Ralph J. Damiano Jr., MD, is the Evarts A. Graham Professor of Surgery and chief of the Division of Cardiothoracic Surgery at Washington University School of Medicine and Barnes-Jewish Hospital in St. Louis and vice-chairman of the Department of Surgery. Born in White Plains, N.Y., Damiano graduated from Dartmouth College Summa Cum Laude and Phi Beta Kappa, majoring in biology. Damiano received his medical degree from Duke University, where he was elected to Alpha Omega Alpha. He went on to complete both his general surgery and cardiothoracic surgery training at Duke University Medical Center. During this time, Damiano received a National Research Service Award from the NIH for his work on the surgical treatment of arrhythmias.
Damiano’s first faculty appointment was at the Medical College of Virginia from 1989 to 1996. During his tenure, he rose through the ranks to associate professor of surgery and was named director of surgical electrophysiology and the Cardiothoracic Surgical Research Laboratories. Damiano also was medical director of the Medical College of Virginia/Richmond Memorial Hospital Heart Program.
In 1996, Damiano was appointed professor of surgery and chief of the Division of Cardiothoracic Surgery at the Milton S. Hershey Medical Center at Penn State University. At Penn State, he was co-director of the Cardiovascular Center and was appointed professor of cellular and molecular physiology. In 2000, Damiano was appointed chief of the Section of Cardiac Surgery in the Division of Cardiothoracic Surgery at Washington University in St. Louis. In 2005, he was named vice chairman for clinical services in the Department of Surgery. In May 2014, Damiano was appointed Chief of the Division of Cardiothoracic Surgery and assumed the Evarts A. Graham Professorship.
Damiano has authored more than 300 scientific publications and given more than 450 invited lectures around the nation and the world. His major contributions have been in the area of myocardial preservation during heart surgery, surgical electrophysiology, and minimally invasive cardiac surgery. He has been associate editor of the Journal of Thoracic and Cardiovascular Surgery, and is on nine other editorial boards. He was recently named editor-in-chief of the journal Innovations. He has been a member of the Bioengineering, Technology and Surgical Sciences Study Section at the NIH. Damiano is past president of the Society of Clinical Surgery, the Cardiac Surgical Biology Club, and the International Society for Minimally Invasive Cardiothoracic Surgery. He has been on the program committees of the AATS, STS and International Society of Minimally Invasive Cardiac Surgery. He has been chairman of the Education Committee of the AATS for four years. Damiano has been active in the teaching of medical students and residents. He was chosen as Clinical Teacher of the Year by the medical school class of 2007. In 2008, he was named physician “Healthcare Hero” by the St. Louis Business Journal.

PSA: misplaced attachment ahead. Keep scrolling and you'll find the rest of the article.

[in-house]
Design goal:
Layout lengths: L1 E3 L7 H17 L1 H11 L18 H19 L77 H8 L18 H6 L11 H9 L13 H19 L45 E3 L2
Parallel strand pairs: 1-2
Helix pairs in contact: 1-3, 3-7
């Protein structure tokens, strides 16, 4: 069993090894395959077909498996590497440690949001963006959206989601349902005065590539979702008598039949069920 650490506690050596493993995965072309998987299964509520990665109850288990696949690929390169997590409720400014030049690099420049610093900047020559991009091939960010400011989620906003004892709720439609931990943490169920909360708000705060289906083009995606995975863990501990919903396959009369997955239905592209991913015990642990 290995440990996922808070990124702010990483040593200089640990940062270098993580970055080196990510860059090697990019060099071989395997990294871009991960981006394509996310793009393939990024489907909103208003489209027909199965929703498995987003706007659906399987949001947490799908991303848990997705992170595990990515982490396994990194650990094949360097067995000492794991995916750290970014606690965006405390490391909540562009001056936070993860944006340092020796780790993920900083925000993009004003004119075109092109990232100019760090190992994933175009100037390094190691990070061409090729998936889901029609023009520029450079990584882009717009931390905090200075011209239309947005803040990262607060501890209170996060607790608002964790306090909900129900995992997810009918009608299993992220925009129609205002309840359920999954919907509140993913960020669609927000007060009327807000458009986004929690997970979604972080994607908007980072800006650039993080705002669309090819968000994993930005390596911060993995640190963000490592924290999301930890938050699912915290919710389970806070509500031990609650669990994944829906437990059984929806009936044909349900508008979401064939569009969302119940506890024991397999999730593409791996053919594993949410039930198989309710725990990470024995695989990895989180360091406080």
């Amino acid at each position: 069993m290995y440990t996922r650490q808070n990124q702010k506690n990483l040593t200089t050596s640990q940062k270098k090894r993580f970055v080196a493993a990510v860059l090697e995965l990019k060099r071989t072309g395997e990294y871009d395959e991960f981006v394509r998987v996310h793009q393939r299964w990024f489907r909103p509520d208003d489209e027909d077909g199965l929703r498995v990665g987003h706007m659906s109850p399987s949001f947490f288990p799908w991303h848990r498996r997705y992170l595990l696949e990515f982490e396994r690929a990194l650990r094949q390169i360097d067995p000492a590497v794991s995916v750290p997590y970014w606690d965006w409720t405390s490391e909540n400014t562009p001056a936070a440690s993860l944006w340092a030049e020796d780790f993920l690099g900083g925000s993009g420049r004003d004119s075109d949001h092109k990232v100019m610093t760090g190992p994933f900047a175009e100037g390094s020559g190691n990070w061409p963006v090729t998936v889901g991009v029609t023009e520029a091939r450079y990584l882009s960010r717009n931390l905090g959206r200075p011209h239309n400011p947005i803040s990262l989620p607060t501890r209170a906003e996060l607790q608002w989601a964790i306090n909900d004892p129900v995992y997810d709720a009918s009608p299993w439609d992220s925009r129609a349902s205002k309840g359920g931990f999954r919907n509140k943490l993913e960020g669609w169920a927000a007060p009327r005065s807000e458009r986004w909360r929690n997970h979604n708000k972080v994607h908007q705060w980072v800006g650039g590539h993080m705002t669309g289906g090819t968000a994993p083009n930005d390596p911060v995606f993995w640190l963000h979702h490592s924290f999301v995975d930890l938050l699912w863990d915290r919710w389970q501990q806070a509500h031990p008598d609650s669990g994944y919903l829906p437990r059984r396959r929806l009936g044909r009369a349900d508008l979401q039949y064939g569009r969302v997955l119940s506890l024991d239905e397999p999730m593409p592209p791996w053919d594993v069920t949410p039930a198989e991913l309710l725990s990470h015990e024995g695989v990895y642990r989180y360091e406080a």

Damiano has been a pioneer in the area of minimally invasive cardiac surgery. His developmental work on robotically assisted microsurgery for coronary artery bypass grafting (CABG) earned him a Computer World Smithsonian Award in June of 1997. Damiano performed the first robotically assisted CABG procedure in North America in December 1998. He completed the first prospective clinical trial in the world on robotically assisted CABG. Damiano also has been active in the surgical treatment of arrhythmias. His team at Washington University is world-renowned for its clinical and basic research on the surgical treatment of atrial fibrillation. His group has been continuously funded by the NIH for over 30 years in this area and they have developed the gold-standard surgical procedure, the Maze operation, which has been adopted around the world. Recently, his group has developed a less-invasive procedure for atrial fibrillation that is more widely applicable to patients with this arrhythmia. Dr. Damiano also is the PI of the Cardiothoracic Surgical Research Training Grant, one of only two training grants that have been awarded in the US for Cardiothoracic Surgery.